Come the holiday season, at-or-below freezing temperatures are just as prevalent as awkward family gatherings. But just because some days don't have a forecast over 32 degrees Fahrenheit, doesn't mean you have to shelve your workout routine. That's right: It is possible — and even enjoyable! — to tackle runs come winter.
"Our bodies can adapt to the cold," Blake Dircksen, doctor of physical therapy with Bespoke Treatments in New York City, says. "After toughing it out for about 10 days, the body gets better at handling chilly weather by reduced shivering and increased blood flow to the muscles. Plus, cold weather tends to scare off the crowds! The solitude that brings makes winter my favorite season to train with empty trails."
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Plus, it can enhance your mental toughness, Meghan Kennihan, USATF- and RRCA-certified running coach, says. "Just as your body benefits from running in adverse conditions, your mind benefits as well," she says. "The mental fortitude gained by running in the cold can propel you to the finish line of a race when the going gets tough."
Ready to lace up and get out there? Here, the experts weigh in on smart strategies to keep you safe during colder runs.
1. Never, Ever, Ever Skip Your Warm-Up
A great warm-up increases blood flow to the areas that will be working during your run and also wakes up the nervous system, Dircksen says. In the winter months, some simple dynamic movements like knee hugs, lunges and butt kicks can be especially important because of the cool temperatures' effects on the body.
"Cold weather decreases nerve conduction velocity, has a constricting effect on blood vessels, and decreases muscle metabolism — all of which can impair performance if the body temperature gets low enough," he says. "If you can get blood flow to those muscles and increase neuromuscular firing before you head out the door, your transition to faster running should be easier."
One word of caution? Don't warm up so much that you start sweating a lot, he says. "You don't want to be drenched in sweat and then jump into the cold environment."
2. Wear Technical Workout Clothes and Shoes
When you're working up a sweat in the snow, it's extra important to not just layer — but make them technical. "Technical clothing will wick the sweat away from your body while still keeping you warm," Todd Buckingham, PhD, exercise physiologist with Mary Free Bed Sports Rehabilitation Performance Lab, says.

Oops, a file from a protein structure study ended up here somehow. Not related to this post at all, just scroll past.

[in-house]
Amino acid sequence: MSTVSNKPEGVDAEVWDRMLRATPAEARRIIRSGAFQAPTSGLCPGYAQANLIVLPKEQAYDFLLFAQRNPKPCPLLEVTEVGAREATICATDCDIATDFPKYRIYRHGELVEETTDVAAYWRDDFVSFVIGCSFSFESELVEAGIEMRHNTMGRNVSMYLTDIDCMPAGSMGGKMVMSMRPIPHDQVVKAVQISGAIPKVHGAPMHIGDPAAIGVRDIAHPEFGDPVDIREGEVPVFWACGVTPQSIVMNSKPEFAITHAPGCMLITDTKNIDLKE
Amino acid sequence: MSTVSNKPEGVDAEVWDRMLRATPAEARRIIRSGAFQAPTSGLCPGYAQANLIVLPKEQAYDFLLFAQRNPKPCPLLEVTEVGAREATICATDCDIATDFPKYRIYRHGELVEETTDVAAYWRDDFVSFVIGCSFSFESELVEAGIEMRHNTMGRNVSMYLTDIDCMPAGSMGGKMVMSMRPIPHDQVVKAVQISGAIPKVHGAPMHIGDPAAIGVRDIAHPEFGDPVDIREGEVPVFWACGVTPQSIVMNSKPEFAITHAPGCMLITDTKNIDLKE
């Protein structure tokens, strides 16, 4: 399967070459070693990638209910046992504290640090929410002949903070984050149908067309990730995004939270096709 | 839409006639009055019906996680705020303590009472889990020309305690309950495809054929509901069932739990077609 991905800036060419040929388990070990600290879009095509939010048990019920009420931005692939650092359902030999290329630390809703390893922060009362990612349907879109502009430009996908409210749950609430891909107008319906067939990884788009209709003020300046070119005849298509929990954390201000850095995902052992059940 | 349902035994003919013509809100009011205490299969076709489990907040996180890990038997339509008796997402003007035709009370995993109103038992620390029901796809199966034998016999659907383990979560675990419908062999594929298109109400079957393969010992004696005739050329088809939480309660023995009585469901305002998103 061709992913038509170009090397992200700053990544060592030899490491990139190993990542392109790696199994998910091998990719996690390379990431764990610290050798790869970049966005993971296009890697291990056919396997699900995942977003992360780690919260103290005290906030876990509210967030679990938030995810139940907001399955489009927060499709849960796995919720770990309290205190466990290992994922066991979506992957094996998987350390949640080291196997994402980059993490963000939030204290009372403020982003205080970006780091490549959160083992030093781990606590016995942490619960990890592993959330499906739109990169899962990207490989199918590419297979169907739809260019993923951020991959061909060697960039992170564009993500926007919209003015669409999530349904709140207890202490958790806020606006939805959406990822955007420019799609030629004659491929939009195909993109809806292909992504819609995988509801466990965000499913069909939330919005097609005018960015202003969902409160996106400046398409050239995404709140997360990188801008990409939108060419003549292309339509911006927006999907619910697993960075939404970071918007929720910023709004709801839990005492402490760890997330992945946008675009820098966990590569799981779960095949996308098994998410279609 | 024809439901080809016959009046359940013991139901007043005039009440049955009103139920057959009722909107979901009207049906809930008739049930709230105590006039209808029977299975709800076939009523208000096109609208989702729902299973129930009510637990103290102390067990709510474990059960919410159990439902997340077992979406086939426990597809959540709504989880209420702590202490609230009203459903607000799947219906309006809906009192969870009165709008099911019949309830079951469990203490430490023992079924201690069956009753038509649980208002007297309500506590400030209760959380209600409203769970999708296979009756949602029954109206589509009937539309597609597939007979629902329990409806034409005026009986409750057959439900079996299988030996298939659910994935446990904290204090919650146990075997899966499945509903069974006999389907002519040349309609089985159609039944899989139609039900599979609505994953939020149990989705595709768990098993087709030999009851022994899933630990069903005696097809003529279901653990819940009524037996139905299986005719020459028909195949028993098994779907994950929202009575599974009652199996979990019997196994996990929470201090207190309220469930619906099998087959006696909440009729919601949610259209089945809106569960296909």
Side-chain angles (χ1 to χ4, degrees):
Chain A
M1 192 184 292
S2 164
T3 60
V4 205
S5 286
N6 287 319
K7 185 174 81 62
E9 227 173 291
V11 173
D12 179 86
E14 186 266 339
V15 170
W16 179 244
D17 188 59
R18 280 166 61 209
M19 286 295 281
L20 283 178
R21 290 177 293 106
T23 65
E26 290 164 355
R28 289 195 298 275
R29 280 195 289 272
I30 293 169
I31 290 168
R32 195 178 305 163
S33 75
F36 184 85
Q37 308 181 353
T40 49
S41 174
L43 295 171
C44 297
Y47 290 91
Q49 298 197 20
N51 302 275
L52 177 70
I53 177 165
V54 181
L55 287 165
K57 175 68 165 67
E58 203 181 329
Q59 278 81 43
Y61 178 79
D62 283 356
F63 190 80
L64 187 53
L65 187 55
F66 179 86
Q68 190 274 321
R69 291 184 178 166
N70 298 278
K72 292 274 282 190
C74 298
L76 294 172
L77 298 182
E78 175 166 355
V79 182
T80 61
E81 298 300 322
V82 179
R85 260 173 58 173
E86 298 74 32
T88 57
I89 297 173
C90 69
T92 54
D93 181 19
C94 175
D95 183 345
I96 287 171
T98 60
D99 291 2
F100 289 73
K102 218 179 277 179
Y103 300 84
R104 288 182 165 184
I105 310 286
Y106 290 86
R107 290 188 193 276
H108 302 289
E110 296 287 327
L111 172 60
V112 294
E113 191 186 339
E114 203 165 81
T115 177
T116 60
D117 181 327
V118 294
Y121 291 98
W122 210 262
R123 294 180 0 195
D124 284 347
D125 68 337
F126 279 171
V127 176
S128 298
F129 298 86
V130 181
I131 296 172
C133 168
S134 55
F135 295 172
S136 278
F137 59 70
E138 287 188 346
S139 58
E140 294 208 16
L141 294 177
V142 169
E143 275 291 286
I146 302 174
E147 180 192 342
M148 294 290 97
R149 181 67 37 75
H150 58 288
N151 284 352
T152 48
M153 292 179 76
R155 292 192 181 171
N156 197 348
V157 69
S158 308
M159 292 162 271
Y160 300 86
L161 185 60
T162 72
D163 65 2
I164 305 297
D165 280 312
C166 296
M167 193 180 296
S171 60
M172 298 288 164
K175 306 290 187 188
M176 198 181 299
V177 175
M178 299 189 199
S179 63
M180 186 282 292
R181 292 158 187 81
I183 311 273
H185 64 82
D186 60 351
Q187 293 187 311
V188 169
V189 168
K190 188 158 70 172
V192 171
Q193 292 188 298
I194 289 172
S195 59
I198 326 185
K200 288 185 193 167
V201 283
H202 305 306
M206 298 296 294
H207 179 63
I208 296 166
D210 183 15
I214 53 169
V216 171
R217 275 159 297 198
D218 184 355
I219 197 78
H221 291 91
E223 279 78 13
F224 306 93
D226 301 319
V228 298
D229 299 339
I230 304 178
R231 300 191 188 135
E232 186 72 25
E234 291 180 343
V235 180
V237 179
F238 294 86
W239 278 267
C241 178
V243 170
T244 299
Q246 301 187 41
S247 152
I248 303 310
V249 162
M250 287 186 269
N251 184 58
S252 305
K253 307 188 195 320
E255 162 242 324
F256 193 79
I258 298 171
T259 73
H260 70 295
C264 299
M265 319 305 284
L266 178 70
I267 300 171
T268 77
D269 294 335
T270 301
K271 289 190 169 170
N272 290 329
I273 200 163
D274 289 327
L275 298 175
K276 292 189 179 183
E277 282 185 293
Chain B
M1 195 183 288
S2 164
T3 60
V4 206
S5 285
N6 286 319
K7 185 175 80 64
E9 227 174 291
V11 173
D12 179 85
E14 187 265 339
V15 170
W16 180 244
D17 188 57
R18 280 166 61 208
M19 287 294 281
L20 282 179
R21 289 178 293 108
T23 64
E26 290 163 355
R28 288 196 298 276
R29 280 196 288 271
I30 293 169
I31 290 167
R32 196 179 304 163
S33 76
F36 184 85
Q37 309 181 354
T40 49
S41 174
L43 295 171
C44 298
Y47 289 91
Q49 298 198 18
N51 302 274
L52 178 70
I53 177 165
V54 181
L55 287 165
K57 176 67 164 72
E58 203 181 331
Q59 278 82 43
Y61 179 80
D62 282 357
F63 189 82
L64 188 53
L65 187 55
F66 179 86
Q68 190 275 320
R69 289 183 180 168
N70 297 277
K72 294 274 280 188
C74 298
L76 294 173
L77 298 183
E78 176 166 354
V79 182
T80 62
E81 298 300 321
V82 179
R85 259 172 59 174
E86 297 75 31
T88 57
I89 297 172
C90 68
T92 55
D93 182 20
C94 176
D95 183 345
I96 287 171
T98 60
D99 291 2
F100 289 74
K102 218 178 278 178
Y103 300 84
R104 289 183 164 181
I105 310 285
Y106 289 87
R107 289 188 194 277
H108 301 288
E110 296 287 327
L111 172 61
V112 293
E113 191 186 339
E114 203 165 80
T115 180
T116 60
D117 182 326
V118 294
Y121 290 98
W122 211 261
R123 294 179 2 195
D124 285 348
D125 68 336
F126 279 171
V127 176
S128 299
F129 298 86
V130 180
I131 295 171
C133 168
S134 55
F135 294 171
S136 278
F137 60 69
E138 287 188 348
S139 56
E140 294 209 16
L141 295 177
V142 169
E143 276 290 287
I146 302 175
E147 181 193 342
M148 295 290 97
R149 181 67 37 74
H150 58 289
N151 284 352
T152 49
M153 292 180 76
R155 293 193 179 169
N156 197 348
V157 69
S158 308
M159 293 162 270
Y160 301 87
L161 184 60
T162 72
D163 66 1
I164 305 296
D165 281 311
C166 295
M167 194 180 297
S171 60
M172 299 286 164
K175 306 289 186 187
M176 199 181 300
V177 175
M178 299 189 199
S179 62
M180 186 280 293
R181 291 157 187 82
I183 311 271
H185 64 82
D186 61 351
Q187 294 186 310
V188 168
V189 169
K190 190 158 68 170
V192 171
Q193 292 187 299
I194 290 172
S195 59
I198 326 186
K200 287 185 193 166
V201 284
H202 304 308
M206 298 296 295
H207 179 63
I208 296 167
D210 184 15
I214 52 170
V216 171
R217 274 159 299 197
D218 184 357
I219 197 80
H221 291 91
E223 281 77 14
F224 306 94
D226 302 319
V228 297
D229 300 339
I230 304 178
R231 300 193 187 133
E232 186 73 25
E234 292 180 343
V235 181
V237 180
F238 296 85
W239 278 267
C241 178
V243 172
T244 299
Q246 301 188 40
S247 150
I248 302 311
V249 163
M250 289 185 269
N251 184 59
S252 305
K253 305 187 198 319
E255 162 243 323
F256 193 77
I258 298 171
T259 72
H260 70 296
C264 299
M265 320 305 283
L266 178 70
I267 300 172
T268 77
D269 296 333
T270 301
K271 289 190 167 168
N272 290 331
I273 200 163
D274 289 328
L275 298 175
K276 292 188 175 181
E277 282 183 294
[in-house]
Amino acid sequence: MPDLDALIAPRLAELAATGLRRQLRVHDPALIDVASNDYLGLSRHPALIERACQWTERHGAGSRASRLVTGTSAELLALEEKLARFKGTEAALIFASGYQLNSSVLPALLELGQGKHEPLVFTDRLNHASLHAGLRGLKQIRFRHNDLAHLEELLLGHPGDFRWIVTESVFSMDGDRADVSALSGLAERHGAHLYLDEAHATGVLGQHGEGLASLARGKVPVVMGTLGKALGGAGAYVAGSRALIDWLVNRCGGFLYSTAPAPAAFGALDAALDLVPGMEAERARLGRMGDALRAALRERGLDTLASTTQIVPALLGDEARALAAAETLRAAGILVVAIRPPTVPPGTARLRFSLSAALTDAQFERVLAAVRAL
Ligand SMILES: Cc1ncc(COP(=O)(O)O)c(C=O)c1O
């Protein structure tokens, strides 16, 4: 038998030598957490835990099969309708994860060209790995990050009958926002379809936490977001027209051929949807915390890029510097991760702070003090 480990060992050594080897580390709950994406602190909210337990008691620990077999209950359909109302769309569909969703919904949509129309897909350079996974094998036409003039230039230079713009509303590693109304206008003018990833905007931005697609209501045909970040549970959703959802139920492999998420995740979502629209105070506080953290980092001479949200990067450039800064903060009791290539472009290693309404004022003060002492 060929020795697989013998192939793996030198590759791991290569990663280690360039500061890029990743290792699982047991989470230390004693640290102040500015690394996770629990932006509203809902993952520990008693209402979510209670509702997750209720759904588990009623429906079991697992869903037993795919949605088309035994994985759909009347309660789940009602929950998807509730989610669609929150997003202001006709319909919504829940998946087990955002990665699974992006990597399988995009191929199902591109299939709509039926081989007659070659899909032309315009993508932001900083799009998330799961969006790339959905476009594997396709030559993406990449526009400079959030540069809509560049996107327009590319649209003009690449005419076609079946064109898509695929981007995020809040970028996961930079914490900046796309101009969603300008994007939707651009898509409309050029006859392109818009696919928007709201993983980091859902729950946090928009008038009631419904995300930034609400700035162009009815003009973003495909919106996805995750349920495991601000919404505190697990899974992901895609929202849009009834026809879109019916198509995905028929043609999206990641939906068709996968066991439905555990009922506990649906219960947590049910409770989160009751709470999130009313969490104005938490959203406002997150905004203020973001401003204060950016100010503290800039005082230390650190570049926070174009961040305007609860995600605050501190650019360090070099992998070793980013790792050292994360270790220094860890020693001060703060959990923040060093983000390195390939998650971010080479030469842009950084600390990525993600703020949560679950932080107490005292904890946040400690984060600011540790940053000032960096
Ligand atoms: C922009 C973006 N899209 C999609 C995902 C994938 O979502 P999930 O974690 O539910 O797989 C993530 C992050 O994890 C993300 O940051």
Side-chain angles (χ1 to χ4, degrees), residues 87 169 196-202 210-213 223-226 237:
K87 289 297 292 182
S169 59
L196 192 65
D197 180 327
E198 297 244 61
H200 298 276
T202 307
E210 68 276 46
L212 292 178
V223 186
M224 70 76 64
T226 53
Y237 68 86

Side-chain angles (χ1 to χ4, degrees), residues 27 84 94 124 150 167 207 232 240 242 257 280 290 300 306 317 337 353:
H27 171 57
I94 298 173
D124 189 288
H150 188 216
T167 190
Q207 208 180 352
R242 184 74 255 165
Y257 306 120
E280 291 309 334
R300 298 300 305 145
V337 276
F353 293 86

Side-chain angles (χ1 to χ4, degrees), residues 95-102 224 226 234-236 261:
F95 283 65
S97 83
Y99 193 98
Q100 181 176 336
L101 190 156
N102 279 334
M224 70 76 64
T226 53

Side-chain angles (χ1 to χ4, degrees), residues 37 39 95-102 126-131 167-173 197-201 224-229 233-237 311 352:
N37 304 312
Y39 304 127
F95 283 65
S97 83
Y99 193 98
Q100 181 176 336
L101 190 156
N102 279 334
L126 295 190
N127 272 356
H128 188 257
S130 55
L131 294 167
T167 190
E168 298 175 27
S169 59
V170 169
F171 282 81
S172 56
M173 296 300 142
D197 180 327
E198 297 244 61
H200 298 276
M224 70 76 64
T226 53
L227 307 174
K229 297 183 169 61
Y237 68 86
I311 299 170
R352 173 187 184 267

"Think something like SmartWool that uses 100-percent Merino Wool fabric, which helps regulate body temperature and keep you warm and dry."
Accessories matter, too. Dircksen wears some sort of muffler during winter runs. "The cold outside air dries up the airway surface fluid lining of our respiratory tract, which can generate an inflammatory response leading to that cold weather lung burn," he says. "While the nasal passage does a nice job of warming and humidifying the air going into the lungs, solely using the nose to breathe can only be sustained at lower exercise intensities."
Aside from keeping your neck warm, mufflers are great for warming and humidifying the cold outside air as it enters your lungs — which will reduce that burning feeling, he says.
And of course, your running shoes are of utmost importance. Look for footwear that keep your feet warm on the move. "Look for styles with minimal mesh or the wind will whip right through them and cause your feet to get cold," Buckingham says. "If you're running in the snow and/or ice, make sure you choose shoes with good traction and watch your footing. The road or path you're running on could be slippery."
3. Forgo Your Workout Playlist
Running in the cold requires you to be more attentive to your surroundings to avoid potentially dangerous slips. That's why Cortney Logan, RRCA-certified run coach and founder of Denver-based bRUNch Running, leaves her AirPods at home.
"You want to be hyper-focused on the ground and concentrate on where your feet are striking," she says. "Enjoy and embrace the winter wonderland and all it has to offer. It feels cathartic to run without headphones in the snow and cold as there is just something soothing about listening to my feet trek through the snow."
4. Pay Close Attention to the Weather
While a "go big or go home" attitude is admirable, there are some days where it's smart to just stick to the treadmill. "The cold affects everyone differently so you need to figure out what your threshold temperature is," says RRCA-certified run coach Alexandra Weissner, who adds that her personal cut off is around 8 degrees.
"Then of course, there are the elements — ice being a huge one. The worst thing that can happen is that you slip on the ice and injure yourself."
If things are slippery out there, Weissner suggests keeping it indoors. "Especially if you're gearing up for a spring race, the most important thing is to get in those miles in a place that you feel safe and comfortable."
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